Coronary Artery Calcification and Complications in COVID-19 Patients

Quick Takes

  • The presence and extent of CAC on chest CT is associated with a worse prognosis in hospitalized COVID-19 patients.
  • CAC is associated with increase in requirement of ventilators, ECMO, and death independent of age and major atherosclerotic CVD risk factors.

Study Questions:

Is coronary artery calcification (CAC) a marker for worse prognosis in coronavirus disease 2019 (COVID-19) patients?


A cross-sectional study was conducted from March 15-May 3, 2020 in consecutive patients 40-80 years of age without cardiovascular disease (CVD) who were hospitalized with COVID-19 and had a noncontrast chest computed tomography (CT) on the day of admission. The presence or absence of CAC (CAC+ and CAC-, respectively) was defined as any area ≥1 mm2 with a density >130 Hounsfield units along the known coronary tract. There was no ECG gating. Primary outcome segmented by median age was the first occurrence of mechanical noninvasive or invasive ventilation, extracorporeal membrane oxygenation (ECMO), or death within 30 days of admission.


After 147 exclusions, 209 consecutive patients were included, with median age 62 years [(interquartile range) 51-70], 72% men, and all were hospitalized without or with nasal oxygen. CAC was detected in 106 (50.7%) patients. The primary outcome occurred in 50% of CAC+ compared to 17.5% CAC- (p < 0.0001). In those <62 years, 32% were CAC+ with the primary outcome in 55% compared to 20% in those CAC- (hazard ratio [HR], 5.4; p = 0.0001). In those ≥62 years, 69% were CAC+ with the primary outcome in 48% compared to 13% in those CAC- (HR, 3.2; p = 0.02). In a Cox proportional hazard model including age, sex, hypertension, smoking, and diabetes, CAC was independently associated with the primary outcome (HR, 4.4; p < 0.0001). There was one acute myocardial infarction (MI) and no strokes during follow-up.


The presence and extent of CAC is associated with a worse prognosis in hospitalized COVID-19 patients. The severity of immune response, endothelial dysfunction, and myocardial stress due to COVID-19 could be exacerbated in patients with subclinical coronary atherosclerosis.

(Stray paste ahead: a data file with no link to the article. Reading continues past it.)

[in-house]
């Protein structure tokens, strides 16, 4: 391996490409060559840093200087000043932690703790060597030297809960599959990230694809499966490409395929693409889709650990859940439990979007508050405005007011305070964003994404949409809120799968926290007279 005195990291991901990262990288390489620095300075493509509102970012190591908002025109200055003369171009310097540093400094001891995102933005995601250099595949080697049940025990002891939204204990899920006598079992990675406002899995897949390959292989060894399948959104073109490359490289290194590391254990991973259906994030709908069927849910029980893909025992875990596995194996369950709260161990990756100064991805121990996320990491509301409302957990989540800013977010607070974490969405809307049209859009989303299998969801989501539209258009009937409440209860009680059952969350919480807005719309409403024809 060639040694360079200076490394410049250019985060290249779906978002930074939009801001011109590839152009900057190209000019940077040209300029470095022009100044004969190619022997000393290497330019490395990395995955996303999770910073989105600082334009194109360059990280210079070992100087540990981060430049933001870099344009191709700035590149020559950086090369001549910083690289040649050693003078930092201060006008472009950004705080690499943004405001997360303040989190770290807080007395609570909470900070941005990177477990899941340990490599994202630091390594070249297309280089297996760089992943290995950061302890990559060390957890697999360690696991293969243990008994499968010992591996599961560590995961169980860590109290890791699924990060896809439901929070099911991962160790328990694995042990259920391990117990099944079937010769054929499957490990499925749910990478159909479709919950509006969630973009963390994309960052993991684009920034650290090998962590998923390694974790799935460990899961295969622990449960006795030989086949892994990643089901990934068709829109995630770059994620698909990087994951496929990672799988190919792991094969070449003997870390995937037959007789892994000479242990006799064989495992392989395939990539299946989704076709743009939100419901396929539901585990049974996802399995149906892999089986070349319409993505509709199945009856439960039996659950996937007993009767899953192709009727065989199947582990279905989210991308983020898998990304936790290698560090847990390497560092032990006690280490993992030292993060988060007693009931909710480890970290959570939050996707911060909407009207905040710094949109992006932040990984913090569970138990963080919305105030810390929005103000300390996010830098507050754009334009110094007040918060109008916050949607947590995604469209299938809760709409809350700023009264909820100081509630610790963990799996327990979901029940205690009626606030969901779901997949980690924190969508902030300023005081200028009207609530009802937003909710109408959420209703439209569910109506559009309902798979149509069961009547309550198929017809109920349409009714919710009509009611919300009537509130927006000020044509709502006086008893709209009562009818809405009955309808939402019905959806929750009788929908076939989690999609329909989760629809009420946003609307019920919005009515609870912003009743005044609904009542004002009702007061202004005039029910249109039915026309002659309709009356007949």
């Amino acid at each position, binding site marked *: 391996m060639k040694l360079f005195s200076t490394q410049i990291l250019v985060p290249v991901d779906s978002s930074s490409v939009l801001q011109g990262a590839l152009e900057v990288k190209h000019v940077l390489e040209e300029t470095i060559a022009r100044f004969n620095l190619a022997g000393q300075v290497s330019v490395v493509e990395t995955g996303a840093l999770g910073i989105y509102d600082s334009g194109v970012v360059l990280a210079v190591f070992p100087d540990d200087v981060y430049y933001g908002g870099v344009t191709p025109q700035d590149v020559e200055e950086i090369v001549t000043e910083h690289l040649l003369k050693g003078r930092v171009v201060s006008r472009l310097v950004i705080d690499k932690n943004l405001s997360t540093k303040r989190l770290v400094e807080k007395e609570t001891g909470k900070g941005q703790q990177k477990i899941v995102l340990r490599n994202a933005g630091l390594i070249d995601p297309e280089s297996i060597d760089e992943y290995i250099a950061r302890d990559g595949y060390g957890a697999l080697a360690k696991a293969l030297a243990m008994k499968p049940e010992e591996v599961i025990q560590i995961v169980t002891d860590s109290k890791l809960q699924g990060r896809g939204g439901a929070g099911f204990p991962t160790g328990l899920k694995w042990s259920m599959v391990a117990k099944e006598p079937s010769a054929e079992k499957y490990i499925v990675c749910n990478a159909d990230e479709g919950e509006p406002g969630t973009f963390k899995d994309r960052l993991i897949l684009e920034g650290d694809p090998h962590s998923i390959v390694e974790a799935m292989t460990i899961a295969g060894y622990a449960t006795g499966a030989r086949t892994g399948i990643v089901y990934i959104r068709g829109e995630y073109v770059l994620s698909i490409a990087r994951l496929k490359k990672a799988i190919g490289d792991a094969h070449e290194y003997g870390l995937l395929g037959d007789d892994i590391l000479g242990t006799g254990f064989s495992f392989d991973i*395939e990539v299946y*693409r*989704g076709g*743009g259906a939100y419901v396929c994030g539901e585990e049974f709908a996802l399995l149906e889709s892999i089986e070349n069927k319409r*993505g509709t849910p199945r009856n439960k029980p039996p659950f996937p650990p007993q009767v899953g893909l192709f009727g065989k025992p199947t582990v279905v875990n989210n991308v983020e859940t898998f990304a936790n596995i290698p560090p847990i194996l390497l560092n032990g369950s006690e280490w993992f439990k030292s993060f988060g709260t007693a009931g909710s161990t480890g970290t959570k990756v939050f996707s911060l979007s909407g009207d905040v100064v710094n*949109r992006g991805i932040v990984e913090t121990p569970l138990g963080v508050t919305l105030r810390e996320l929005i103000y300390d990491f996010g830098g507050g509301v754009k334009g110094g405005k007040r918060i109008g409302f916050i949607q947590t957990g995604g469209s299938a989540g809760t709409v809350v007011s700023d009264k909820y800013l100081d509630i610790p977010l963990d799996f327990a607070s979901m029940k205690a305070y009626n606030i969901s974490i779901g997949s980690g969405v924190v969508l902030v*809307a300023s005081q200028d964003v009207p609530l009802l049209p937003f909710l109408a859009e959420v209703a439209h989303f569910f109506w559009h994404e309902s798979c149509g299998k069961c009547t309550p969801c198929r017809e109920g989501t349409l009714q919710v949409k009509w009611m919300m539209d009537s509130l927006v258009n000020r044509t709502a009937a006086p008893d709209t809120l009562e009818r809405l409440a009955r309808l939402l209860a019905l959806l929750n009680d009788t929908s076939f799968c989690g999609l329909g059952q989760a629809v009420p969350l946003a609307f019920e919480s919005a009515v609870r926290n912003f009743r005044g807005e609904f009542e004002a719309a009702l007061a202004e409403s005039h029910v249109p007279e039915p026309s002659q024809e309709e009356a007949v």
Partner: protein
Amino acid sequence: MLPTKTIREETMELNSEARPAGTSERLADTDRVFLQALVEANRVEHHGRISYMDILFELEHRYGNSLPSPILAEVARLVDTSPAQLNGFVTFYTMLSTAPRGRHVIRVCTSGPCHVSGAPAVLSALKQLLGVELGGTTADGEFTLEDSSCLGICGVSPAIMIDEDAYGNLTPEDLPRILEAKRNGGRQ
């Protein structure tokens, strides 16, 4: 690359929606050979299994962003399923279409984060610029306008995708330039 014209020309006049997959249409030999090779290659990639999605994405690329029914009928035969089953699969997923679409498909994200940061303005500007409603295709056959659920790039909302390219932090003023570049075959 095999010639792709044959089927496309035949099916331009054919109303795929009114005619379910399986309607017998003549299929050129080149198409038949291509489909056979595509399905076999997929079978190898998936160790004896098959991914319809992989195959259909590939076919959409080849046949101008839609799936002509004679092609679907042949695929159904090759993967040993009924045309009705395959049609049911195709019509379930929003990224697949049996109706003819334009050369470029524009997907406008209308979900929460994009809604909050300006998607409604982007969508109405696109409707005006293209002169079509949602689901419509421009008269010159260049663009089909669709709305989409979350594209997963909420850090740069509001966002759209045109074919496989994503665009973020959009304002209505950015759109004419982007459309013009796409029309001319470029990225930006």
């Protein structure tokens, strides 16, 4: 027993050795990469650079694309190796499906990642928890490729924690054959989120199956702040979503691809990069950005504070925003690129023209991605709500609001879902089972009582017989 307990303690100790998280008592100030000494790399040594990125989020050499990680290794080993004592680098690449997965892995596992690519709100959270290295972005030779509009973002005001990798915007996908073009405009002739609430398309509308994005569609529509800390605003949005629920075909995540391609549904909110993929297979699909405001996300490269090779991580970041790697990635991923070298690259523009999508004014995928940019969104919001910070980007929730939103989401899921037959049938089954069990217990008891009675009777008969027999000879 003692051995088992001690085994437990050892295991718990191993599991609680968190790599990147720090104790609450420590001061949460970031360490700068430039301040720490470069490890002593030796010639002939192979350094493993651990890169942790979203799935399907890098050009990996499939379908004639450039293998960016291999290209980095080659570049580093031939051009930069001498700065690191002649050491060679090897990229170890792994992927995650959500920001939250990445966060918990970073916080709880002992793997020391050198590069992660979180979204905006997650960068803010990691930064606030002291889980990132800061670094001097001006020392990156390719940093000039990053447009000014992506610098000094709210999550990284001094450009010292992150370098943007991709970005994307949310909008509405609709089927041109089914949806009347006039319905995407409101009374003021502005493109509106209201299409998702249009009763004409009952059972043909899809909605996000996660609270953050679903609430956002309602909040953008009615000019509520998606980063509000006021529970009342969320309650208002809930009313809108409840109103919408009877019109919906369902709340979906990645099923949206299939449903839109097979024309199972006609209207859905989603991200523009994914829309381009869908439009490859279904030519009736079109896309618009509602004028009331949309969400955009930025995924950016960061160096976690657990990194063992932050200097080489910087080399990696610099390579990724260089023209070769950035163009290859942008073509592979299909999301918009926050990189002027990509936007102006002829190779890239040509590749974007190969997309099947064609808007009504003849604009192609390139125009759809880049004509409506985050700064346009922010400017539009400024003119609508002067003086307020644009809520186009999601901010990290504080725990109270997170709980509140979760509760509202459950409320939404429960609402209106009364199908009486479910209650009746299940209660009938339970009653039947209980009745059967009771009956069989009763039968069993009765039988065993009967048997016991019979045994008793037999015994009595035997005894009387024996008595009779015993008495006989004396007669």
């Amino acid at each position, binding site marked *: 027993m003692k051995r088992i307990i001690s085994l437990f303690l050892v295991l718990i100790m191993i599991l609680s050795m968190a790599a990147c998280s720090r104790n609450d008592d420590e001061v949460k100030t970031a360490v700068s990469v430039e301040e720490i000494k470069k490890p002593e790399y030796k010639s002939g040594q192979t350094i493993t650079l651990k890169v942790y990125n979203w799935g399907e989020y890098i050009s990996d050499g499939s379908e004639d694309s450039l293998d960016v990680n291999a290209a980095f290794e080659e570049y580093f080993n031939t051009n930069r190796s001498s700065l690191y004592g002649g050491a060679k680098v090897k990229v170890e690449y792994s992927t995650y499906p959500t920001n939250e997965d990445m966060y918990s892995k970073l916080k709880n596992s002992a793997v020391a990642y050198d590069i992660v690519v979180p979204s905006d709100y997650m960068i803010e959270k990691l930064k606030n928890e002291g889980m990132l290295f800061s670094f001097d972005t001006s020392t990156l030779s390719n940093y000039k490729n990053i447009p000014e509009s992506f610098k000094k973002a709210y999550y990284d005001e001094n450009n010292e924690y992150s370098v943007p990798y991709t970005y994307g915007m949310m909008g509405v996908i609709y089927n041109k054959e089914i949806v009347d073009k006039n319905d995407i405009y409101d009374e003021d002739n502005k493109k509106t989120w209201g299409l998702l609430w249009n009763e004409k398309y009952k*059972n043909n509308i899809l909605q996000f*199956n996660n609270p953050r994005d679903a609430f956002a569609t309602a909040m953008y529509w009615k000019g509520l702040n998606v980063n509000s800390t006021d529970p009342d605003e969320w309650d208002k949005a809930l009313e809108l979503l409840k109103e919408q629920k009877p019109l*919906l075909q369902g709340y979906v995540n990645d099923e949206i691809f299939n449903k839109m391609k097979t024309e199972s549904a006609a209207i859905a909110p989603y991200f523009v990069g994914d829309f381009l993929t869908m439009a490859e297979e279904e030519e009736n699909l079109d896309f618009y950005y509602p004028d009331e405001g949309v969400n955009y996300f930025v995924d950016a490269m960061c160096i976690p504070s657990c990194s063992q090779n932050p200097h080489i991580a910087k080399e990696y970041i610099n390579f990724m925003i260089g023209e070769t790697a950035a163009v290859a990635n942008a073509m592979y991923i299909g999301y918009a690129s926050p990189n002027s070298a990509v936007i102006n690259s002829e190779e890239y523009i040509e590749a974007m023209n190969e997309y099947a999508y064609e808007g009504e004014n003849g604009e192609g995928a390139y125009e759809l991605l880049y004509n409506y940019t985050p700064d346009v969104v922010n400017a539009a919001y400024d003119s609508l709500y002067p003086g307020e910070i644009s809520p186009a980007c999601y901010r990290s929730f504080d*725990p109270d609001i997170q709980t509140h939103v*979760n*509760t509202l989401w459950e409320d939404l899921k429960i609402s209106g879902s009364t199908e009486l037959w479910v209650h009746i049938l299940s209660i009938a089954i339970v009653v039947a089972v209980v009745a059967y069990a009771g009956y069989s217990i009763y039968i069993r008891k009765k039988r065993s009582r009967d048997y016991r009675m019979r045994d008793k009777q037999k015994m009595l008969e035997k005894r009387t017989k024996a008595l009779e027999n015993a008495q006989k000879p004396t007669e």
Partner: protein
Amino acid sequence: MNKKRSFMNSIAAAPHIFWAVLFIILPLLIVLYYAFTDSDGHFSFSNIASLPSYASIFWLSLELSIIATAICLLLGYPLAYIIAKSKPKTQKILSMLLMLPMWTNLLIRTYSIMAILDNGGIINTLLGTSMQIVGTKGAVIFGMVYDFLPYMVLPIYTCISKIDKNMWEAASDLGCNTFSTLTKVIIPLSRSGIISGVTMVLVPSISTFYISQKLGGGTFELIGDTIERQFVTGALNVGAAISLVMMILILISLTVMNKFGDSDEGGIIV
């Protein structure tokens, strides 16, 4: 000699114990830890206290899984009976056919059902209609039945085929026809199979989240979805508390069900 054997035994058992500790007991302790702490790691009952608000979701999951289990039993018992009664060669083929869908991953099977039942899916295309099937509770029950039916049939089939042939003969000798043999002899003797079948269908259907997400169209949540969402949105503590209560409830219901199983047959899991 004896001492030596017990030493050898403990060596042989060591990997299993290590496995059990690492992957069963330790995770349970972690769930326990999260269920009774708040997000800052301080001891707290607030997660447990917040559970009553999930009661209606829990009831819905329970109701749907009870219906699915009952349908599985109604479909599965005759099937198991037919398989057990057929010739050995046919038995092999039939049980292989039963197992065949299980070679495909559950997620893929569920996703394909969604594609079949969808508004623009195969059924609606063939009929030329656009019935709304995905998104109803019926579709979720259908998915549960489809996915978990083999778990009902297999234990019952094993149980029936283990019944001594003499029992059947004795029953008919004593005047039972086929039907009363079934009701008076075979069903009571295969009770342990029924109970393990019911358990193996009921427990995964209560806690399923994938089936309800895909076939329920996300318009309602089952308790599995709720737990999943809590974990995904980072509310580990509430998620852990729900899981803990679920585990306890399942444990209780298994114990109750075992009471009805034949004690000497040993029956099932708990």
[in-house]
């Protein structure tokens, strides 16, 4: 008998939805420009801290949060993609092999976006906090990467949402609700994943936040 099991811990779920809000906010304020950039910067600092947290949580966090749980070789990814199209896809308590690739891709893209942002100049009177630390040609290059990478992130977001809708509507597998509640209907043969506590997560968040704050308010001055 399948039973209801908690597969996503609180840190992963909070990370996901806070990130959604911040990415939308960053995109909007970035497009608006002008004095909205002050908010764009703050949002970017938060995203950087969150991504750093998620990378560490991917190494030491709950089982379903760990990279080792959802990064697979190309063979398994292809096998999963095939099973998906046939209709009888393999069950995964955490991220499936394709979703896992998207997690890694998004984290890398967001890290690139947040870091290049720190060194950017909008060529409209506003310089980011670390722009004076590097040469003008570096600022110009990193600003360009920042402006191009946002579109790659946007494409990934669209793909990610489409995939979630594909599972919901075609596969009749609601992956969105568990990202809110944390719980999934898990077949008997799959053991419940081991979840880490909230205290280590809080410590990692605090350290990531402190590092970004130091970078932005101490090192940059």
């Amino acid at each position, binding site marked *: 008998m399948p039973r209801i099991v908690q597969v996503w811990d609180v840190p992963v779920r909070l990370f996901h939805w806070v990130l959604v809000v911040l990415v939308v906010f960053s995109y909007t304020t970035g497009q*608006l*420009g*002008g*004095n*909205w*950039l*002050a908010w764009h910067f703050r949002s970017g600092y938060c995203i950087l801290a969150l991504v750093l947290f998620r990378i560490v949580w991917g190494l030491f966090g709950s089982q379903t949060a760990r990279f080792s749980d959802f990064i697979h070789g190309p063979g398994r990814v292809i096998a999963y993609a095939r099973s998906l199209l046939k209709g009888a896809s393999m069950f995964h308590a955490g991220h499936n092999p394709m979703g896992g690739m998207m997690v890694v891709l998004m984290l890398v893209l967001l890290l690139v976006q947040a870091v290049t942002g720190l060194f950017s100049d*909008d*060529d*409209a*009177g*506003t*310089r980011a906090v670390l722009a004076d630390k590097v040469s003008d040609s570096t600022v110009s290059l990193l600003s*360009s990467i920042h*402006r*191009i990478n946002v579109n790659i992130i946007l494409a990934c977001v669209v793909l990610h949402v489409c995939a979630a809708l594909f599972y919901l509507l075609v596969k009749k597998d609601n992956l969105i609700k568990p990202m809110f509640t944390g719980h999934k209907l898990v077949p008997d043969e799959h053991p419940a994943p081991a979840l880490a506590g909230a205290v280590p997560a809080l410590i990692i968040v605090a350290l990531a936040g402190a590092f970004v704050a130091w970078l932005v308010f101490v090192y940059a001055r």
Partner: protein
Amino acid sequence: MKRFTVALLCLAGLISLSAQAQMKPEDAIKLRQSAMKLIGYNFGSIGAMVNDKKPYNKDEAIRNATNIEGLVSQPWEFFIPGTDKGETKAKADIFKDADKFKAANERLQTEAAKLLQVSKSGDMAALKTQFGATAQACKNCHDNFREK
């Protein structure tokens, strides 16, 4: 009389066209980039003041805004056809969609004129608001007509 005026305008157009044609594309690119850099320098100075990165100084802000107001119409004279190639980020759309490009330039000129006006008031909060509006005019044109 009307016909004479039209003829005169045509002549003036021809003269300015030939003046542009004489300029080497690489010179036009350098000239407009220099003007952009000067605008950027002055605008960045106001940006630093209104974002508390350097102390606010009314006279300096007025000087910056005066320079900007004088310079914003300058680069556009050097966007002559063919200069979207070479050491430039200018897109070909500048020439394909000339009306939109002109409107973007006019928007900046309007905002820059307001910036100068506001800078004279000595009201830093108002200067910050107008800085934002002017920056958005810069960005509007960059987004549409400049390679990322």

Despite the crude methods that would underestimate the calcium scores, the frequency of detecting calcium is similar to that published in the MESA (Multi-Ethnic Study of Atherosclerosis) cohort of about the same age. That the CAC association with hard pulmonary endpoints was independent of age and major coronary risk factors is surprising. There was only one MI and 9% had detectable high-sensitivity cardiac troponin I (hs-cTnI) in those CAC+ and 3.4% in CAC- (p = not significant). It is possible that this cohort was not as ill as patients in some other studies. I would have expected a much higher percent of hs-cTnI reflecting global myocardial demand ischemia, vasculitis, and myocarditis. The majority of COVID-19 patients have detectable hs-cTnI and it is present in 50% who die.

Clinical Topics: Noninvasive Imaging, Prevention, Atherosclerotic Disease (CAD/PAD), Computed Tomography, Nuclear Imaging

Keywords: Atherosclerosis, Coronary Artery Disease, Coronavirus, COVID-19, Diagnostic Imaging, Endothelium, Extracorporeal Membrane Oxygenation, Myocardial Infarction, Myocardial Ischemia, Oxygen, Plaque, Atherosclerotic, Secondary Prevention, Risk Factors, severe acute respiratory syndrome coronavirus 2, Tomography, X-Ray Computed, Troponin I, Ventilators, Mechanical

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